WASR-series Rifles
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WASR-series Rifles

The Wassenaar Arrangement Semi-automatic Rifles (more commonly referred to as the WASR-series rifles) are a line of rifles manufactured in Romania by the long established Cugir Arms Factory as result of a collaboration between Century Arms International and Cugir.[1]

History and description

WASR-10 with thumbhole stock displayed with other paramilitary equipment

According to Century Arms, an American company which imports and modifies the WASR, they are semi-automatic only, single stack variants generally based on the Romanian Model 63, Pistol Mitralier? model 1963/1965 (PM md. 63), and GP 75 AKM rifles Avtomat Kalashnikova Modernizirovanniy (AKM) series of Kalashnikov rifles originally manufactured in Russia. Century decided to import the WASR to meet U.S. demand for AK-style firearms. U.S. federal code 18 USC 922R stipulates that no more than ten major components of a firearm categorized by federal law as a "semi-automatic assault weapon" could be manufactured outside the U.S.[2] The WASR-series rifles take their name from the 1996 Wassenaar Arrangement,[] a multilateral export control regime (MECR), the purpose of which is to monitor and limit the proliferation of certain conventional weapons and dual-use technologies.

The WASR-series rifles use a Romanian-made receiver, but lack the dimples to strengthen receiver above the magazine well seen in the other AK series of rifles. Instead WASRs use internally welded spacer plates to center the magazine. The arrangements of the rivets on the receiver and front and rear trunnions are also different from many other AK derivatives. There are no known clones of the WASR series rifles to date. The lack of dimple and rivet layout allows for positive ID in the many different stock configurations.[2][1]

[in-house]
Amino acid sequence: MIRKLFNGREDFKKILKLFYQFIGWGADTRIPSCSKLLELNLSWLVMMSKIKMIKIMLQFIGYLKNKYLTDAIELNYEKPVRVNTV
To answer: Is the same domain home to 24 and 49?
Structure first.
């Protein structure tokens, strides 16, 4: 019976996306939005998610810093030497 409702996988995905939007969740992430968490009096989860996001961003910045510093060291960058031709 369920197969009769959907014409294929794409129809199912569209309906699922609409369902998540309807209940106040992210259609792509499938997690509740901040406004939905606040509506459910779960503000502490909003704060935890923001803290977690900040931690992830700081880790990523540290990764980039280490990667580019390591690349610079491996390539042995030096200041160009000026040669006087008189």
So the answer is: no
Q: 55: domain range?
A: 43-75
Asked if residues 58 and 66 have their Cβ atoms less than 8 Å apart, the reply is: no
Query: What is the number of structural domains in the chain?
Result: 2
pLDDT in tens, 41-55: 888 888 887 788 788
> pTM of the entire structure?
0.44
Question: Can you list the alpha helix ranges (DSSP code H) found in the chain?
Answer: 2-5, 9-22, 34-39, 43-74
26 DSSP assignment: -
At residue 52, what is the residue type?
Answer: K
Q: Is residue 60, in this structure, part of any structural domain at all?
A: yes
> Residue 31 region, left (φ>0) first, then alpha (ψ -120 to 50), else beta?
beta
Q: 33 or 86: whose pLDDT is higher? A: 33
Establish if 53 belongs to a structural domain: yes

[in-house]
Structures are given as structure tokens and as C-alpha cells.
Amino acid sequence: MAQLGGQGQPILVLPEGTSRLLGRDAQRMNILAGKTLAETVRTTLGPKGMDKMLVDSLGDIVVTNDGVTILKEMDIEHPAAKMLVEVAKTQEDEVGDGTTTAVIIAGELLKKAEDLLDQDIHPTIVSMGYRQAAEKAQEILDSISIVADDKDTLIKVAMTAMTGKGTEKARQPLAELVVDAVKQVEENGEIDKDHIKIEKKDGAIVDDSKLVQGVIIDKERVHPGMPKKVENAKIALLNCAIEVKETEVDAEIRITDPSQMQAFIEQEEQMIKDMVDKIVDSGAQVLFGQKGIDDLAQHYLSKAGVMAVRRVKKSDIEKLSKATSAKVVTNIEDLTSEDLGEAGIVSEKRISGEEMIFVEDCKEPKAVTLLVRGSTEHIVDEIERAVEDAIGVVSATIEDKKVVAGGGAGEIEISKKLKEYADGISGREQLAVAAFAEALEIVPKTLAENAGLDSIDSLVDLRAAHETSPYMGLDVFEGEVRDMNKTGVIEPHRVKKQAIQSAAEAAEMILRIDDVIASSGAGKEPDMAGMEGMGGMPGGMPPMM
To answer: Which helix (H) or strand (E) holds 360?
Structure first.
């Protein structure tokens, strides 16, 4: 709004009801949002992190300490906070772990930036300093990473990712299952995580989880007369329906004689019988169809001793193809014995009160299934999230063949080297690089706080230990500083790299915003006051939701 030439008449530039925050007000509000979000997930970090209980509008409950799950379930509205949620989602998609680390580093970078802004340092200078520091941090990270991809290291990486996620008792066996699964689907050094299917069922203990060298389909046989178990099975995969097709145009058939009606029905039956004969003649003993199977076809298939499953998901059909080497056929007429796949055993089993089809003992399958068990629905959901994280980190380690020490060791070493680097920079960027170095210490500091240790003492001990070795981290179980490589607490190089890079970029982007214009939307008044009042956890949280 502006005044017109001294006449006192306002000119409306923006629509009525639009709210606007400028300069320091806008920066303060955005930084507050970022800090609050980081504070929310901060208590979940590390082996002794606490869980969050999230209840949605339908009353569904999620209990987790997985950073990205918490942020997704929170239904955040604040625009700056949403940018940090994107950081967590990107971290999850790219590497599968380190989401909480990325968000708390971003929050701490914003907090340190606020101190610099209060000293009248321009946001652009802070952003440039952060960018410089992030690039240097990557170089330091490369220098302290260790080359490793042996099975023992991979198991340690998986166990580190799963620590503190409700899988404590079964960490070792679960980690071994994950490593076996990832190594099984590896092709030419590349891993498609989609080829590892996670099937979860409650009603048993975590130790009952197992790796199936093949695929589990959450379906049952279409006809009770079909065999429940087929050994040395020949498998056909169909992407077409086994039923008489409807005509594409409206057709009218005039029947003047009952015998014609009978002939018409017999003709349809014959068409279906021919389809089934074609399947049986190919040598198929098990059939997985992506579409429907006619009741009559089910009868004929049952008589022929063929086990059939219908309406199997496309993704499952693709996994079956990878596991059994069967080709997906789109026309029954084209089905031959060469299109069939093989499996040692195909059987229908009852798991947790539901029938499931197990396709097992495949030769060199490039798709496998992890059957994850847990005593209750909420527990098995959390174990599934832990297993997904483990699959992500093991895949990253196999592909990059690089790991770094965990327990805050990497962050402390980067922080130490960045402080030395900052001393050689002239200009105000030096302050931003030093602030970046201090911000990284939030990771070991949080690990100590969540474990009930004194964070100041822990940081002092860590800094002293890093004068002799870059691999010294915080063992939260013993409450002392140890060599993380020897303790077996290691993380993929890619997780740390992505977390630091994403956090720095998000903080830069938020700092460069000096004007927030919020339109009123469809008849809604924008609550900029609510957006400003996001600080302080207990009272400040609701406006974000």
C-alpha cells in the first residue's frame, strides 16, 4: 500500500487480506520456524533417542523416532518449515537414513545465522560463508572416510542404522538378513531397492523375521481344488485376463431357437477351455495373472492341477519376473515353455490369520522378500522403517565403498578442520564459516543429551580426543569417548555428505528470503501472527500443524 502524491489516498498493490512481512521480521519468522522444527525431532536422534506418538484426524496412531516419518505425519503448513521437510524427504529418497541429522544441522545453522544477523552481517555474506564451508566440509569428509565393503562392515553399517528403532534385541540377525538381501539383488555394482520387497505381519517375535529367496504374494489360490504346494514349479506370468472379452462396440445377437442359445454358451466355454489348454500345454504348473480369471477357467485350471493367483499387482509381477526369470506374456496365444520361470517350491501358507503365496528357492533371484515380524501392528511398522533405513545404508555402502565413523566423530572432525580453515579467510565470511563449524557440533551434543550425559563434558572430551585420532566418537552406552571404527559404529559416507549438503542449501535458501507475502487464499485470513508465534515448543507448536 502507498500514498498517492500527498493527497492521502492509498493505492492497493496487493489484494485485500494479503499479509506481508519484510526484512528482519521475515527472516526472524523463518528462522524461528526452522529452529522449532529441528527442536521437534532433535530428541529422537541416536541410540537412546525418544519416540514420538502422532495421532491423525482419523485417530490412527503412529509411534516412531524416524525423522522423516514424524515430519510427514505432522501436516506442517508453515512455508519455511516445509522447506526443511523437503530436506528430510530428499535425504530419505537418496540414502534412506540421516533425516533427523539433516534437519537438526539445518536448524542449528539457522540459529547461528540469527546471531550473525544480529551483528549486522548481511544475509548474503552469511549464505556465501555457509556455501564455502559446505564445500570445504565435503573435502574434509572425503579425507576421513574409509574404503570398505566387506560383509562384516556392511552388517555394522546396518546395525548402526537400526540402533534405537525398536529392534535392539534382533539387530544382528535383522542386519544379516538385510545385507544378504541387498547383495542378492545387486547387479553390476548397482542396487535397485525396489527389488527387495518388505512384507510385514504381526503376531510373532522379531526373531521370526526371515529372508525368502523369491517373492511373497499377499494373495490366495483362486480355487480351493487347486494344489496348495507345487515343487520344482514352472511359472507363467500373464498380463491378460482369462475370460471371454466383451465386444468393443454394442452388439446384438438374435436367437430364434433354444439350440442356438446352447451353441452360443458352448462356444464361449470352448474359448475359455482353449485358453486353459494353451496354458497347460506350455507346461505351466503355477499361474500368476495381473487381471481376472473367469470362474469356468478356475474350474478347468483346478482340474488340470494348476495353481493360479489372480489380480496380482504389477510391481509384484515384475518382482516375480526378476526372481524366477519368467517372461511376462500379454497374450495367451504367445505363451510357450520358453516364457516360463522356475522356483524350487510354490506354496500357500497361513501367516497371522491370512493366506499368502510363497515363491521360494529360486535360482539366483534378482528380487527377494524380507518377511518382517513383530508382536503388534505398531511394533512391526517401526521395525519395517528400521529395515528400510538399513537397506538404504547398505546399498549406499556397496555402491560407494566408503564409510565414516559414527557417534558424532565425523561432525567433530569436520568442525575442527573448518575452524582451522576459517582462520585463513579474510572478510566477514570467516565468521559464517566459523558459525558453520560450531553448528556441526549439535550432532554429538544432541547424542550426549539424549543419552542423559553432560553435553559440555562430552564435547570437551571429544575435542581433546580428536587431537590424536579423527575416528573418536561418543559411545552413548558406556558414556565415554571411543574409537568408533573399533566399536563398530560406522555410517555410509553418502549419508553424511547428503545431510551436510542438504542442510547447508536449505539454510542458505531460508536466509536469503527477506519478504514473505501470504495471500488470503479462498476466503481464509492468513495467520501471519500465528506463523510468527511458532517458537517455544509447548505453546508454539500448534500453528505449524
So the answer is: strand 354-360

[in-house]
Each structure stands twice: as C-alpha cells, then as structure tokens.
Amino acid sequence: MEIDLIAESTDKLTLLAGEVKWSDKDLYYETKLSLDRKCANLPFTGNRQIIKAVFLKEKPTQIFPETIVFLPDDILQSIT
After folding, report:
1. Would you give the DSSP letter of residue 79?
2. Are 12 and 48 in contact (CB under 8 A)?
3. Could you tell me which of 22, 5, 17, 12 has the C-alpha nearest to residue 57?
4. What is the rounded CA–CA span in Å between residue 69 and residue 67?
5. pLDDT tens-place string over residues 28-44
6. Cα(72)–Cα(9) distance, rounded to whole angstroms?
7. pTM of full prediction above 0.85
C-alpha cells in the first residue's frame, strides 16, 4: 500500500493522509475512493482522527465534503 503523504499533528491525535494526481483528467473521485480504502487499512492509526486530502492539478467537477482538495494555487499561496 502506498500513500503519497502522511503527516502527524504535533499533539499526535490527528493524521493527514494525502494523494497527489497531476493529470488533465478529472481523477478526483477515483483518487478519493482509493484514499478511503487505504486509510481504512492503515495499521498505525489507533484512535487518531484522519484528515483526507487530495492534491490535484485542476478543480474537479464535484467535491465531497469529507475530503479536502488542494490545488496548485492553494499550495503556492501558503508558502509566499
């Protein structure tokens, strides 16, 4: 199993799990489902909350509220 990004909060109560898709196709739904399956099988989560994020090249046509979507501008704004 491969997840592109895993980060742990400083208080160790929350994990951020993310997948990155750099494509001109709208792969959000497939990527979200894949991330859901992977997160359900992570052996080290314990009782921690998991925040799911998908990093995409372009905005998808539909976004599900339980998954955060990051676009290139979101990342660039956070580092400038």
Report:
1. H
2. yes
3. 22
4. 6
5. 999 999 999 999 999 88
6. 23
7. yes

The WASR-10 was used to kill 23 people in the 2019 El Paso shooting.[3]


GP WASR-10 63 Field Stripped

WASR-series rifles are manufactured with stamped sheet metal receivers that were originally intended for single-stack magazines. Featuring hard chrome-lined barrels, side-mount scope rail and wooden stocks, WASR-series rifles are commonly imported to the United States by Century International Arms.

In Romania the rifles are manufactured to conform with certain United States firearms regulations including Title 18, Chapter 44, of the United States Code, which defines laws for manufacturing and importing firearms such as semi-automatic only fire.[4] Century Arms modifies the weapon with upgraded fire control groups (i.e. trigger), pistol grips, and plastic folding or collapsible stocks manufactured by TAPCO of Georgia.

Older WASR-series rifles commonly produced trigger slap, which is caused by the bolt slamming backward into the trigger assembly and causing significant pain to the shooter's trigger finger.[5] Beginning in 2007, Century International Arms has installed the TAPCO Intrafuse AK G2 trigger group, eliminating the painful trigger slap problem.[6] Rifles with this trigger group will have "TAPCO USA G2" stamped on the left side of the trigger. Some of these rifles may exhibit canted front sight blocks and gas tubes.[7]

WASR-series rifles are inexpensive and easily customized, with hundreds of aftermarket stocks, muzzle brakes, flash suppressors, telescopic sights, and other accessories available.

GP WASR-10/63 customized with aftermarket parts


Century Arms WASR-10 with a "single stack" magazine


The WASR-10 is a post-ban version of the AKM rifle in 7.62×39mm caliber. Factory-original rifles only support single-stack, low-capacity magazines (10-rounds). After import, Century Arms offered WASR rifles modified to accept double-stack, standard-capacity magazines (machining burrs on the magazine well may cause some magazines to fit improperly if the burrs are not removed). Pistol grip and thumbhole stocks were both commonly fitted to WASR rifles.

After the sunset of the 1994 assault weapons ban, importers were able to legally equip WASR-10s with compensators, bayonet lugs, and folding stocks, thus making the GP WASR-10 (with GP standing for general purpose). Some advantages of this rifle are the reliability of the gun and the availability of standardized aftermarket parts.[8]

GP WASR-10/63